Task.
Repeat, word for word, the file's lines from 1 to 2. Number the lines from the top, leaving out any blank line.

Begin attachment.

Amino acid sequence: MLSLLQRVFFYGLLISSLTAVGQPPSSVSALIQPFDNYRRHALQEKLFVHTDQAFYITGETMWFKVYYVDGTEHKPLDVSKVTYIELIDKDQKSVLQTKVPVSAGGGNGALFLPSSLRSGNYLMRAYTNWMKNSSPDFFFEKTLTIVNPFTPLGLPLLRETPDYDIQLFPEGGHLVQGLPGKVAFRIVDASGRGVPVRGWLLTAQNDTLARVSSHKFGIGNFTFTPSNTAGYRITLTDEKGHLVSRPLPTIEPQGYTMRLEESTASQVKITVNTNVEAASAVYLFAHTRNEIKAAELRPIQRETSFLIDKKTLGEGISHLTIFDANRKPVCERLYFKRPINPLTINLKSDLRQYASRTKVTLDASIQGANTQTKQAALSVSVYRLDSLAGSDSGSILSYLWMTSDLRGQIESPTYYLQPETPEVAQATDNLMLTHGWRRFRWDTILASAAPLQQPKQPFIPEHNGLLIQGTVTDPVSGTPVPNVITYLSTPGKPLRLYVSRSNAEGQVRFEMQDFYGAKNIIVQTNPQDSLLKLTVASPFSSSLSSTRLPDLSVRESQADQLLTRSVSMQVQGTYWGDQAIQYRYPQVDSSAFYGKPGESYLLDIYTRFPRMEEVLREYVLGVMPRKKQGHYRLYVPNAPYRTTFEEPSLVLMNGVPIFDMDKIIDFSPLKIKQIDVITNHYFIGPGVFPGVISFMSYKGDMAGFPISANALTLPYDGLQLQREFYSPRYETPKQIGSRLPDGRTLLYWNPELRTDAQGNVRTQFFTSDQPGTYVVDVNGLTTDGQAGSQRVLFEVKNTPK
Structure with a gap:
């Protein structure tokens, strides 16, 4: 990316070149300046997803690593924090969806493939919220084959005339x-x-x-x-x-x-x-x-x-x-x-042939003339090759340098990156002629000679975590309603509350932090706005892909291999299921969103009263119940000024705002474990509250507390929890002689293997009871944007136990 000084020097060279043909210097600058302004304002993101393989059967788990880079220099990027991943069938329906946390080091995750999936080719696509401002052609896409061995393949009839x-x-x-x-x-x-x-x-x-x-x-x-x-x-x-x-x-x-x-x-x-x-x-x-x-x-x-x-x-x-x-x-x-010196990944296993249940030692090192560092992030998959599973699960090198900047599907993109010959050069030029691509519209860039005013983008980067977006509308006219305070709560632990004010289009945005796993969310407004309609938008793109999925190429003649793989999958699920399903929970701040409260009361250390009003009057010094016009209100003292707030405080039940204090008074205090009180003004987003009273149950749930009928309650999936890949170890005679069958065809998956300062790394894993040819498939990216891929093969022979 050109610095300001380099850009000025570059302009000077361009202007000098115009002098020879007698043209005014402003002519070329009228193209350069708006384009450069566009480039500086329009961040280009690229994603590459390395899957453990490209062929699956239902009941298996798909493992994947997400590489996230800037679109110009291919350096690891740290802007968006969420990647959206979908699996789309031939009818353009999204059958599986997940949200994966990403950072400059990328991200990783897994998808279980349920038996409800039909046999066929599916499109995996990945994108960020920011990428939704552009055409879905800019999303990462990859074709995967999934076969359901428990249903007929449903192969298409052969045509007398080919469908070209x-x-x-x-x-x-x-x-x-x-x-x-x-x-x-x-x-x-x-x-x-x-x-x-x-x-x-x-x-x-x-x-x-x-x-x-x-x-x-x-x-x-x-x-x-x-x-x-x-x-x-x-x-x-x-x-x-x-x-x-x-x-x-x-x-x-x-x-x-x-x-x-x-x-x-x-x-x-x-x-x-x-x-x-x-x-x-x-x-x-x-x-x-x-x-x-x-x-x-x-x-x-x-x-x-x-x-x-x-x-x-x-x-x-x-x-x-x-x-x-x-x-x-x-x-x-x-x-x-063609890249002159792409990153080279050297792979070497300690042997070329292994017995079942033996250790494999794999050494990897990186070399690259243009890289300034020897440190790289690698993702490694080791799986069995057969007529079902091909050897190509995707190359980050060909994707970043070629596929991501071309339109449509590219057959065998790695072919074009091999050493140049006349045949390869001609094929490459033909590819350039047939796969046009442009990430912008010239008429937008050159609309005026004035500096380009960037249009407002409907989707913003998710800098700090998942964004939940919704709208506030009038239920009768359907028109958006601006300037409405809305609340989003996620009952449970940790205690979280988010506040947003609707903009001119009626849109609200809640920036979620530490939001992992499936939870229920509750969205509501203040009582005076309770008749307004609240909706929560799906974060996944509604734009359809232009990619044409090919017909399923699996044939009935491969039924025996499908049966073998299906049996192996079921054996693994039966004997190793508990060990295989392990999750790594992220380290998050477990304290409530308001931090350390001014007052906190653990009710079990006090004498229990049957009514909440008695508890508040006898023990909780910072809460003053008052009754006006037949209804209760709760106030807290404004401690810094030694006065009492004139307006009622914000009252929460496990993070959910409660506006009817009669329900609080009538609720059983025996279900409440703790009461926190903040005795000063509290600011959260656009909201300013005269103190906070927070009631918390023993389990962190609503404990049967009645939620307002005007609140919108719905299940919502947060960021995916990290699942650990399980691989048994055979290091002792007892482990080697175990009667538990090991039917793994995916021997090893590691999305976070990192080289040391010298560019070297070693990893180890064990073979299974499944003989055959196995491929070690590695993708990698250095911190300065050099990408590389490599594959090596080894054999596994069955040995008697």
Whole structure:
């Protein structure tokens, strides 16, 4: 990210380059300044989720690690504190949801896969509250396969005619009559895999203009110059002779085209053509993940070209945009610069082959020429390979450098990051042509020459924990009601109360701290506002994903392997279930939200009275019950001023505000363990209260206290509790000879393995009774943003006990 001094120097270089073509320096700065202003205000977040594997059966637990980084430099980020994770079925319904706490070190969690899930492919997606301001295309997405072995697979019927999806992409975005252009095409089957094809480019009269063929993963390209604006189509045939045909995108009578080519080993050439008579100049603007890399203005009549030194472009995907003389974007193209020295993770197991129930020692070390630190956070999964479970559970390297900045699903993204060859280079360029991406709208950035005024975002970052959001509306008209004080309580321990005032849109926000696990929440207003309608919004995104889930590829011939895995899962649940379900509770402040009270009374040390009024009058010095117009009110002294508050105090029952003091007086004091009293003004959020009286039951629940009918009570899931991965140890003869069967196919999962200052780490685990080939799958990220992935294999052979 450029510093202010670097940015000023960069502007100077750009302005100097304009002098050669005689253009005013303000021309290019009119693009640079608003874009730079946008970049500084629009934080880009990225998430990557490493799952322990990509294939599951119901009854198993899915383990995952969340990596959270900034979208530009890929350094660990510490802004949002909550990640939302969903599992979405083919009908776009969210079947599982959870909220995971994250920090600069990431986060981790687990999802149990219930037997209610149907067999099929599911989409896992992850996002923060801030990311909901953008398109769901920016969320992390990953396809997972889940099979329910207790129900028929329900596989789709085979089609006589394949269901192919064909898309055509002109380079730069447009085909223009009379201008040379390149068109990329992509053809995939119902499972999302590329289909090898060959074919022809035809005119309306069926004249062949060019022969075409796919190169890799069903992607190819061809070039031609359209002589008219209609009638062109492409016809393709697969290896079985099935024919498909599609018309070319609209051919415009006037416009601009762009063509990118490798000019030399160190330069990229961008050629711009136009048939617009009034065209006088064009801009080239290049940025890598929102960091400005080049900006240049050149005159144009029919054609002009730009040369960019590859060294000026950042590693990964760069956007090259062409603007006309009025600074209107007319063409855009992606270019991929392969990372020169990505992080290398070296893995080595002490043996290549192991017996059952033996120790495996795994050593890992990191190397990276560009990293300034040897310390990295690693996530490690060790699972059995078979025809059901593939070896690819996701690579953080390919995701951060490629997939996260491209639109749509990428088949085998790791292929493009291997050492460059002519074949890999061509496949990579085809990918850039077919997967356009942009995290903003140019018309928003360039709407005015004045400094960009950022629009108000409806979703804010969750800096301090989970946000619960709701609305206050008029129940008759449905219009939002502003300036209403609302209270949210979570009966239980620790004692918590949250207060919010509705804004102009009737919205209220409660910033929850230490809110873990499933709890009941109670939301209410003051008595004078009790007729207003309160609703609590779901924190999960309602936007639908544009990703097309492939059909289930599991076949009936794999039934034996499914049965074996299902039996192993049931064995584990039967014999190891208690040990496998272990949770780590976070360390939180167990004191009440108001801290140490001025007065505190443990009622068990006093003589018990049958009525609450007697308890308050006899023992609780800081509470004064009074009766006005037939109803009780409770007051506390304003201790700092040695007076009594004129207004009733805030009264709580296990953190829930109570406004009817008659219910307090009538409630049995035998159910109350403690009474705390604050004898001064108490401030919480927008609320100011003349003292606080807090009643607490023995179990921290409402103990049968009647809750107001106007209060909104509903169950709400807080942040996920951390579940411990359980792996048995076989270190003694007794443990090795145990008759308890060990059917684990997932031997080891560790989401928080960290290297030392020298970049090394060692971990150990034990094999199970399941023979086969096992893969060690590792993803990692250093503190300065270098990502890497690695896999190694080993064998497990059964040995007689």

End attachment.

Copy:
Amino acid sequence: MLSLLQRVFFYGLLISSLTAVGQPPSSVSALIQPFDNYRRHALQEKLFVHTDQAFYITGETMWFKVYYVDGTEHKPLDVSKVTYIELIDKDQKSVLQTKVPVSAGGGNGALFLPSSLRSGNYLMRAYTNWMKNSSPDFFFEKTLTIVNPFTPLGLPLLRETPDYDIQLFPEGGHLVQGLPGKVAFRIVDASGRGVPVRGWLLTAQNDTLARVSSHKFGIGNFTFTPSNTAGYRITLTDEKGHLVSRPLPTIEPQGYTMRLEESTASQVKITVNTNVEAASAVYLFAHTRNEIKAAELRPIQRETSFLIDKKTLGEGISHLTIFDANRKPVCERLYFKRPINPLTINLKSDLRQYASRTKVTLDASIQGANTQTKQAALSVSVYRLDSLAGSDSGSILSYLWMTSDLRGQIESPTYYLQPETPEVAQATDNLMLTHGWRRFRWDTILASAAPLQQPKQPFIPEHNGLLIQGTVTDPVSGTPVPNVITYLSTPGKPLRLYVSRSNAEGQVRFEMQDFYGAKNIIVQTNPQDSLLKLTVASPFSSSLSSTRLPDLSVRESQADQLLTRSVSMQVQGTYWGDQAIQYRYPQVDSSAFYGKPGESYLLDIYTRFPRMEEVLREYVLGVMPRKKQGHYRLYVPNAPYRTTFEEPSLVLMNGVPIFDMDKIIDFSPLKIKQIDVITNHYFIGPGVFPGVISFMSYKGDMAGFPISANALTLPYDGLQLQREFYSPRYETPKQIGSRLPDGRTLLYWNPELRTDAQGNVRTQFFTSDQPGTYVVDVNGLTTDGQAGSQRVLFEVKNTPK
Structure with a gap: